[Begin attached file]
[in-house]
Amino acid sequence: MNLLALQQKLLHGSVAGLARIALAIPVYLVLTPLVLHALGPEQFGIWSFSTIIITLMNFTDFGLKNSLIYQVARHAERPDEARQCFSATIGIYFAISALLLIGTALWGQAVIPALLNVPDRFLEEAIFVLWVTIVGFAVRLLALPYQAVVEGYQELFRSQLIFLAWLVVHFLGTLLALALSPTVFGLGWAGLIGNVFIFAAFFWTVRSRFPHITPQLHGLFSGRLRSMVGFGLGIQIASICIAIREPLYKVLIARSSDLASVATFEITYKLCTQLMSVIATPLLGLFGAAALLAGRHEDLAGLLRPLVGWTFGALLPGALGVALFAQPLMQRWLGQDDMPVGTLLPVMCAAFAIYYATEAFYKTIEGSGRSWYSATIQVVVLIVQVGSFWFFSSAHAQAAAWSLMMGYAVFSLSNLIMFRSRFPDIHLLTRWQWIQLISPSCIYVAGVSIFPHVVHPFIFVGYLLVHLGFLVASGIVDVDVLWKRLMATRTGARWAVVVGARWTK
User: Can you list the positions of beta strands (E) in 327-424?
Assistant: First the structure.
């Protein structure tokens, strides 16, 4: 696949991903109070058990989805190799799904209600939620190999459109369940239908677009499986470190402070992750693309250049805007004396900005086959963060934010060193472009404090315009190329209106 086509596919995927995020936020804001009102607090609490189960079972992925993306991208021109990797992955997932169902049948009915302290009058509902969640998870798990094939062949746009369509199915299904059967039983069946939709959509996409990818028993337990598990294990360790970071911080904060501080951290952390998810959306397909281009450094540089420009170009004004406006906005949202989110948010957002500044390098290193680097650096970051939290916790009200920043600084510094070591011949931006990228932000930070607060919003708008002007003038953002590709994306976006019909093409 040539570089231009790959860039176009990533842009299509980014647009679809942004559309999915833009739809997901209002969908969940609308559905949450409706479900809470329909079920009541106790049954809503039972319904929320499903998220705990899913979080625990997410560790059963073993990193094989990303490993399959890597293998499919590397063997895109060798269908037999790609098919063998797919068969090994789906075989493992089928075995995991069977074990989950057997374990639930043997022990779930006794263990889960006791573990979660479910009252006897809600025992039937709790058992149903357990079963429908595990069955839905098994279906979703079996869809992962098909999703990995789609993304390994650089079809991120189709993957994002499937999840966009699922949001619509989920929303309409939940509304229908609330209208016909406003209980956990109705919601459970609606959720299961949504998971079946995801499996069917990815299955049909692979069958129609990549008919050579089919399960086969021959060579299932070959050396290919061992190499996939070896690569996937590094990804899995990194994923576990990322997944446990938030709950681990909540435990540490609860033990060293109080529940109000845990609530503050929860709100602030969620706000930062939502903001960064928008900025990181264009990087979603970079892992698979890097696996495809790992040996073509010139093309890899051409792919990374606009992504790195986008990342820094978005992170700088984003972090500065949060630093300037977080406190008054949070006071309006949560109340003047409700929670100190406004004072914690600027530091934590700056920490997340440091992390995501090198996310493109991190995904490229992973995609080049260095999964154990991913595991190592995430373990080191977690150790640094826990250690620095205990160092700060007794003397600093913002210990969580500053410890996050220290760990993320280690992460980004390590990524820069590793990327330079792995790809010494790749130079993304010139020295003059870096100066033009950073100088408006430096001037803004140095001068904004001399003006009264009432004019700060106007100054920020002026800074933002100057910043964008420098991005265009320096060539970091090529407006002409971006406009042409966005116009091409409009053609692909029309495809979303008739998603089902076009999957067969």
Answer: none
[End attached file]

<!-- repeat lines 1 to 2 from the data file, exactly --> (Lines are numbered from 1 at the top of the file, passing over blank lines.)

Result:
[in-house]
Amino acid sequence: MNLLALQQKLLHGSVAGLARIALAIPVYLVLTPLVLHALGPEQFGIWSFSTIIITLMNFTDFGLKNSLIYQVARHAERPDEARQCFSATIGIYFAISALLLIGTALWGQAVIPALLNVPDRFLEEAIFVLWVTIVGFAVRLLALPYQAVVEGYQELFRSQLIFLAWLVVHFLGTLLALALSPTVFGLGWAGLIGNVFIFAAFFWTVRSRFPHITPQLHGLFSGRLRSMVGFGLGIQIASICIAIREPLYKVLIARSSDLASVATFEITYKLCTQLMSVIATPLLGLFGAAALLAGRHEDLAGLLRPLVGWTFGALLPGALGVALFAQPLMQRWLGQDDMPVGTLLPVMCAAFAIYYATEAFYKTIEGSGRSWYSATIQVVVLIVQVGSFWFFSSAHAQAAAWSLMMGYAVFSLSNLIMFRSRFPDIHLLTRWQWIQLISPSCIYVAGVSIFPHVVHPFIFVGYLLVHLGFLVASGIVDVDVLWKRLMATRTGARWAVVVGARWTK